The notion of naming a band after a place is certainly nothing new, but in the case of Fire Island Pines, a six-piece indie pop band, the chosen location couldn’t be more obscure.
“We saw it on a map and we thought it sounded really evocative,” the band explained. “We all liked the name and it stuck…we’ve never been there, but since we took on the name we’ve all become kind of fascinated by it and we’ve got this strange notion that maybe one day we’ll end up playing there – once we’ve refined our disco stylings that is.”
The group — which consists of members Seamus Constance, Ben Galbraith, Andrew Gough, Simon Gough, Tom Gurney, and Anton Rothschild — hails from Cornwall, an area of the UK famous for, among other things, musicians Roger Taylor and Aphex Twin.
“Cornwall is globally renown for its glittering coastlines. Inland is [a] bleak world of poverty and desolation, and that’s the bit we come from,” the band shared. “There’s a fairly vibrant music scene but somehow we’ve never managed to really be part of it. I guess our music is quite niche and there aren’t many other bands like us there!”
Case-in-point: Fire Island Pines has not one, not two, but three guitarists, along with a bassist, a drummer, and a trumpet player. The end result is a wall of sound, albeit a somewhat jangly, poppy one. And while the group has been compared to Felt and the Smiths, the members admitted they never had much of a definitive idea of what they wanted to do from the get-go, other than to play indie music.
To date, the band has worked with Art is Hard and Manic Pop! and released two seven-inch records. And late last year, Fire Island Pines took its first trip to Berlin to play at the Popfest, right on the heels of agreeing to do a full-length album with Firestation Records.
“Firestation got in touch with us, saying something along the lines of, ‘we love the singles, would you like to make an album?’ We naturally said ‘hell yeah!’ and that’s how the invite to Popfest came about,” they shared. “We’re thrilled to be handed this opportunity. Since then we’ve basically set about writing and recording for the album so we’ve had a bit of a low profile lately! We’re so grateful to Firestation for believing in us enough to put out a record – it’s a nice feeling!”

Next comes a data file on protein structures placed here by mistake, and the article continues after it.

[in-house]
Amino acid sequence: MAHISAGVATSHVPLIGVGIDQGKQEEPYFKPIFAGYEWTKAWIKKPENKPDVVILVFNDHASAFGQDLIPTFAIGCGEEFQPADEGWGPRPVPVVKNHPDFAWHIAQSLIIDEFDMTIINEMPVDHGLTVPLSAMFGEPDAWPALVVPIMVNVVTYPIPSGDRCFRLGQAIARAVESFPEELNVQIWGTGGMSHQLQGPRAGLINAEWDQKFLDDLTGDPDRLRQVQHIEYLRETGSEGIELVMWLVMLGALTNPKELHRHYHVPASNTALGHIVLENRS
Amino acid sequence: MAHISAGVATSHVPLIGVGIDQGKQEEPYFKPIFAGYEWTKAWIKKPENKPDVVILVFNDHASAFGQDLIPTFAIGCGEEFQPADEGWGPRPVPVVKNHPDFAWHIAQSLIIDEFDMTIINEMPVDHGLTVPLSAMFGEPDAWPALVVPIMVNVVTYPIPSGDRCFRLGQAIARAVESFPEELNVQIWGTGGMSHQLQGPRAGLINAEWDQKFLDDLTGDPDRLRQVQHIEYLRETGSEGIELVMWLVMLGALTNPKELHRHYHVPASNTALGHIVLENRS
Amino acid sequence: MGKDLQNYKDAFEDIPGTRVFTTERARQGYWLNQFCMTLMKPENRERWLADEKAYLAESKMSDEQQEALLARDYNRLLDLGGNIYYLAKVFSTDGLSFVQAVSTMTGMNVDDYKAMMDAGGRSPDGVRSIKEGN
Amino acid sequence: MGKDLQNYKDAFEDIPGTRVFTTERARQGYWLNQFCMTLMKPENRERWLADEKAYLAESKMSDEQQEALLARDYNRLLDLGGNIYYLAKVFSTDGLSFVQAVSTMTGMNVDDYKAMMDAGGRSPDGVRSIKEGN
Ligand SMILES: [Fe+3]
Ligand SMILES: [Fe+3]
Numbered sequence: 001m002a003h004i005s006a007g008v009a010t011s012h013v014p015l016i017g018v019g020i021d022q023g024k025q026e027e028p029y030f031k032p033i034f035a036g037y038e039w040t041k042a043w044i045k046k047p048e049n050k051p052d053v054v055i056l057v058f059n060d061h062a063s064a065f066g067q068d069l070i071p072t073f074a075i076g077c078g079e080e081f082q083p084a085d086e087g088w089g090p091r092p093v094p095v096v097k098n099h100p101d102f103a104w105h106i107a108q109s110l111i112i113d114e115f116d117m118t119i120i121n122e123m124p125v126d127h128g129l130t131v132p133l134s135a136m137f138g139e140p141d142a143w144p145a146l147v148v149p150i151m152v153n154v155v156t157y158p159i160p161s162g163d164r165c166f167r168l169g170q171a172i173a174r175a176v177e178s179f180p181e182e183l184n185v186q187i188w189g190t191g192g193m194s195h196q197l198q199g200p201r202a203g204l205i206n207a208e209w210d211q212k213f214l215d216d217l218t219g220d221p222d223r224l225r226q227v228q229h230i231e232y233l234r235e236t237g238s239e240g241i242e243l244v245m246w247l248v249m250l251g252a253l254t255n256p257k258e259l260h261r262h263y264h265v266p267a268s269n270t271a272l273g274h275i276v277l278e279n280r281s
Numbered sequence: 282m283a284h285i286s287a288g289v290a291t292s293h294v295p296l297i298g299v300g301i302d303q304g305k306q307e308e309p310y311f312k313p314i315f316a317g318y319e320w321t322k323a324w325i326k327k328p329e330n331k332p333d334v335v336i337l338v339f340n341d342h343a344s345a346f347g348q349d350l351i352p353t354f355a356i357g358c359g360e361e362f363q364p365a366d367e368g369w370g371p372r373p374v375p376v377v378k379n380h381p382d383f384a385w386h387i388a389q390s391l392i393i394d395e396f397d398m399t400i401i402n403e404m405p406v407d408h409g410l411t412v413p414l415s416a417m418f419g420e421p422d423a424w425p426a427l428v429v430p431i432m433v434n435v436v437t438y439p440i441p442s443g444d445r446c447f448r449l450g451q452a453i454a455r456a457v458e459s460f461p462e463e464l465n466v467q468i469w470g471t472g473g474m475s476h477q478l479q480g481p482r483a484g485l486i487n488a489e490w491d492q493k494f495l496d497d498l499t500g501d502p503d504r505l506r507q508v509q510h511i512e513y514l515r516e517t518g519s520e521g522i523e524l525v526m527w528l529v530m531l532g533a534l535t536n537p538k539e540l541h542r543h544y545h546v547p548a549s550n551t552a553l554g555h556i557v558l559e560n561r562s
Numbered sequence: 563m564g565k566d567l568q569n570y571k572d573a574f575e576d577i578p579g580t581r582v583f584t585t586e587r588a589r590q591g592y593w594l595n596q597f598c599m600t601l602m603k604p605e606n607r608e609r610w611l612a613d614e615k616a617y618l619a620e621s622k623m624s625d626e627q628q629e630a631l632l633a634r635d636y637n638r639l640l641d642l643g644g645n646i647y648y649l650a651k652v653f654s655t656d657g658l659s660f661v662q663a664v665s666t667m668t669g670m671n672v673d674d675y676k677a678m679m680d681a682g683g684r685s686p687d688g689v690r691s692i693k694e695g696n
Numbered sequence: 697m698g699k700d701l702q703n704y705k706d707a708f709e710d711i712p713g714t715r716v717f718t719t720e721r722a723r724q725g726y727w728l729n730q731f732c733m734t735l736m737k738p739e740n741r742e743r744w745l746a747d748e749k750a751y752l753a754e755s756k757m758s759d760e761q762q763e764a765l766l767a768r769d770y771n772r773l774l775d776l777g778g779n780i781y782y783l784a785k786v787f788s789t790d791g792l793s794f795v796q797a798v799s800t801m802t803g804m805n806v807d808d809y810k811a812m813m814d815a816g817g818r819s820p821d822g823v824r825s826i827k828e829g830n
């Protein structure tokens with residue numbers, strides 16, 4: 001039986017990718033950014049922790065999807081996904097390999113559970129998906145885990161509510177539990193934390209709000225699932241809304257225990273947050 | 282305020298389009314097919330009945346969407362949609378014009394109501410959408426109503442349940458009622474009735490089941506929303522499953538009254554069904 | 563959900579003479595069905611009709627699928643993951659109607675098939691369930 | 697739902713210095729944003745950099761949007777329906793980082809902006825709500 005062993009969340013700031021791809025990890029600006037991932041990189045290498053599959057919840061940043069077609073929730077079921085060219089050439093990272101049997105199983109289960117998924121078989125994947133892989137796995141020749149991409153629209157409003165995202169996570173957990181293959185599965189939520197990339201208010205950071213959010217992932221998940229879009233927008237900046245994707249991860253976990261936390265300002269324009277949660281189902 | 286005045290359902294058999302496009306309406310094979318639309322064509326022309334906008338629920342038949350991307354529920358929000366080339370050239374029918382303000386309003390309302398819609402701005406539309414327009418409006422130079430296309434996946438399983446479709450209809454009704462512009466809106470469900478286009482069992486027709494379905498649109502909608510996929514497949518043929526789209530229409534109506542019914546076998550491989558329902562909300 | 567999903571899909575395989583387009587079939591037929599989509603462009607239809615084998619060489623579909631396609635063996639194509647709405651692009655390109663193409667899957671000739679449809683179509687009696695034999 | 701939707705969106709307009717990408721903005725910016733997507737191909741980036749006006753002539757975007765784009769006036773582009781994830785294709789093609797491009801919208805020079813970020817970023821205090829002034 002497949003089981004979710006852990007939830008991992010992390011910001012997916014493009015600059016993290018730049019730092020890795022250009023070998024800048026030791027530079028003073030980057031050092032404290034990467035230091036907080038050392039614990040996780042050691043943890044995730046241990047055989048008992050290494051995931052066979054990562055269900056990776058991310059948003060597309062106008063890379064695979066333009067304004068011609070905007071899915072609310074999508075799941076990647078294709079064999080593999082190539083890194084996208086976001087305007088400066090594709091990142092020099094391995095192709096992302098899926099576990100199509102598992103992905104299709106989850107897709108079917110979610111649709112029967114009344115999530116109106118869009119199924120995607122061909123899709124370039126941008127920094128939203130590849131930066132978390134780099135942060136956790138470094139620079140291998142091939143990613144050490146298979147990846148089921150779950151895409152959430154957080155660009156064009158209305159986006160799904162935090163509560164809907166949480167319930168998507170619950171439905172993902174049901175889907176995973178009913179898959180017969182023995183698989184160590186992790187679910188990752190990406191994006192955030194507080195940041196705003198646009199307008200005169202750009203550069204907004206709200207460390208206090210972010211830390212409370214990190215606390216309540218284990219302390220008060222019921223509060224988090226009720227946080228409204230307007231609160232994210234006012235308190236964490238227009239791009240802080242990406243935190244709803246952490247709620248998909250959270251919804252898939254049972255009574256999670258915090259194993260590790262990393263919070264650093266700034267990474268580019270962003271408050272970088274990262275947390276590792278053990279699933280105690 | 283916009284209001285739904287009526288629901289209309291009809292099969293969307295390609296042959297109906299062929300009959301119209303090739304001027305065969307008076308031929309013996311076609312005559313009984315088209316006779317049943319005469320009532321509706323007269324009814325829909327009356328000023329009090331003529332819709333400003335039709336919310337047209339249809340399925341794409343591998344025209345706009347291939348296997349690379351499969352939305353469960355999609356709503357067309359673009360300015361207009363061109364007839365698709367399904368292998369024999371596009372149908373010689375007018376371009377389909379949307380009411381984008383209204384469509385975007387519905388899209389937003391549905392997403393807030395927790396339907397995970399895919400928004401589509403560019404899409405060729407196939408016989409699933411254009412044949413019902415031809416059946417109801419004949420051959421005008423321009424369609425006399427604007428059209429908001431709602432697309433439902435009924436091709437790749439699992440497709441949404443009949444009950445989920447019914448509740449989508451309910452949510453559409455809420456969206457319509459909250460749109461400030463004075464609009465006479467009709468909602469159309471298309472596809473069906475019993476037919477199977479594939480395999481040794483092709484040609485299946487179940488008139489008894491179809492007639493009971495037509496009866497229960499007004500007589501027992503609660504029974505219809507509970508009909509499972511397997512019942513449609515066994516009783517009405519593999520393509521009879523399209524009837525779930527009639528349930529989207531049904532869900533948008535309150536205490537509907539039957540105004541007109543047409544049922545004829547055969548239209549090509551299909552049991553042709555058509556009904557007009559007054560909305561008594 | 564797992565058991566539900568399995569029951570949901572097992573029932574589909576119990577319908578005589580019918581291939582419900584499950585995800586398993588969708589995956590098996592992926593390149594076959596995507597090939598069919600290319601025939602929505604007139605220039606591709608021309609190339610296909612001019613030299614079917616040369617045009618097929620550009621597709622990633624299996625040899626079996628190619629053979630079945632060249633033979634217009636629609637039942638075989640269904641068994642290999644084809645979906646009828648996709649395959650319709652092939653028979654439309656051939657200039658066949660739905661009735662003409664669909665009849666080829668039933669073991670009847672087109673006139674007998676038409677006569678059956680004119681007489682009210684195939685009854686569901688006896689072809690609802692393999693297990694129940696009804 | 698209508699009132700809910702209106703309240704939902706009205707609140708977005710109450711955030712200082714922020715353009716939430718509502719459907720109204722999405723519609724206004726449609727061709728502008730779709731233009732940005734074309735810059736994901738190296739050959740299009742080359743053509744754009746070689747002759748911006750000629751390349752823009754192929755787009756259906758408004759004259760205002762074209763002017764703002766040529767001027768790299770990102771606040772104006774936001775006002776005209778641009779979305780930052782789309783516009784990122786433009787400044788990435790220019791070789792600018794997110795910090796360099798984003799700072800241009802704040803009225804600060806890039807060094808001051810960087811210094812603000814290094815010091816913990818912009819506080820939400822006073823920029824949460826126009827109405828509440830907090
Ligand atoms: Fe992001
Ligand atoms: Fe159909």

The band’s plans for the album are to explore new directions while still remaining tethered to its core sound, though how it will sound won’t be entirely evident until the album is actually done.
“Most of us in the band have got full-time jobs and kids, so it’s about grabbing the odd 10 minutes here and there to work on it. We’ve now got all the tracks mapped out as demos, so it’s going to a case of knuckling down and recording it all in its final form at the bass player’s flat,” the band said. “So far, tracks we’re considering including are veering in all directions from bland generic trash to total lo-fi weirdness…hopefully it’ll turn out somewhere in between.”
Meanwhile, the aspirations don’t go much further than putting out something the members are proud of and being able to share that with people who enjoy the music. But for Fire Island Pines, that’s all that’s needed.
“With families and stuff, it’s really hard for us to find the time to do all the things you need to do these days to get anywhere as a band,” the group shared. “But I think we’d all agree it’s a bright spot in our lives that gives a lot of satisfaction.”